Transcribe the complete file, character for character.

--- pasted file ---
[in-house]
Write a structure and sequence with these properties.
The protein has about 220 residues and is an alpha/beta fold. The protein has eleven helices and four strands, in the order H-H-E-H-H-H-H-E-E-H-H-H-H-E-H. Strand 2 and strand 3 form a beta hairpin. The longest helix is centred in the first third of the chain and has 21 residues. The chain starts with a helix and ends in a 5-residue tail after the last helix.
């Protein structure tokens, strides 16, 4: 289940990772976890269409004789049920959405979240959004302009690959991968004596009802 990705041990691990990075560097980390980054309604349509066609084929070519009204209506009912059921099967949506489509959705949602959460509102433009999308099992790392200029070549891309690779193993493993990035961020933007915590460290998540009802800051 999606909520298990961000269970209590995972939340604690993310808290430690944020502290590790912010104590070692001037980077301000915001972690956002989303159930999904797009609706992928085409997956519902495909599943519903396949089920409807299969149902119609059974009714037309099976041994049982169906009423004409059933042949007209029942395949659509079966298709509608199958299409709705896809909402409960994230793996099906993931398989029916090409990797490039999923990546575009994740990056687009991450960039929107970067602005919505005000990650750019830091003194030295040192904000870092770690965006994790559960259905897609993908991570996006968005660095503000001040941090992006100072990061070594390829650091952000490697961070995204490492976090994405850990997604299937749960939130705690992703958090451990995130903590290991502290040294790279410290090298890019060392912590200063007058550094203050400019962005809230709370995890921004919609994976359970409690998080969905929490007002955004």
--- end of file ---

[in-house]
Write a structure and sequence with these properties.
The protein has about 220 residues and is an alpha/beta fold. The protein has eleven helices and four strands, in the order H-H-E-H-H-H-H-E-E-H-H-H-H-E-H. Strand 2 and strand 3 form a beta hairpin. The longest helix is centred in the first third of the chain and has 21 residues. The chain starts with a helix and ends in a 5-residue tail after the last helix.
């Protein structure tokens, strides 16, 4: 289940990772976890269409004789049920959405979240959004302009690959991968004596009802 990705041990691990990075560097980390980054309604349509066609084929070519009204209506009912059921099967949506489509959705949602959460509102433009999308099992790392200029070549891309690779193993493993990035961020933007915590460290998540009802800051 999606909520298990961000269970209590995972939340604690993310808290430690944020502290590790912010104590070692001037980077301000915001972690956002989303159930999904797009609706992928085409997956519902495909599943519903396949089920409807299969149902119609059974009714037309099976041994049982169906009423004409059933042949007209029942395949659509079966298709509608199958299409709705896809909402409960994230793996099906993931398989029916090409990797490039999923990546575009994740990056687009991450960039929107970067602005919505005000990650750019830091003194030295040192904000870092770690965006994790559960259905897609993908991570996006968005660095503000001040941090992006100072990061070594390829650091952000490697961070995204490492976090994405850990997604299937749960939130705690992703958090451990995130903590290991502290040294790279410290090298890019060392912590200063007058550094203050400019962005809230709370995890921004919609994976359970409690998080969905929490007002955004």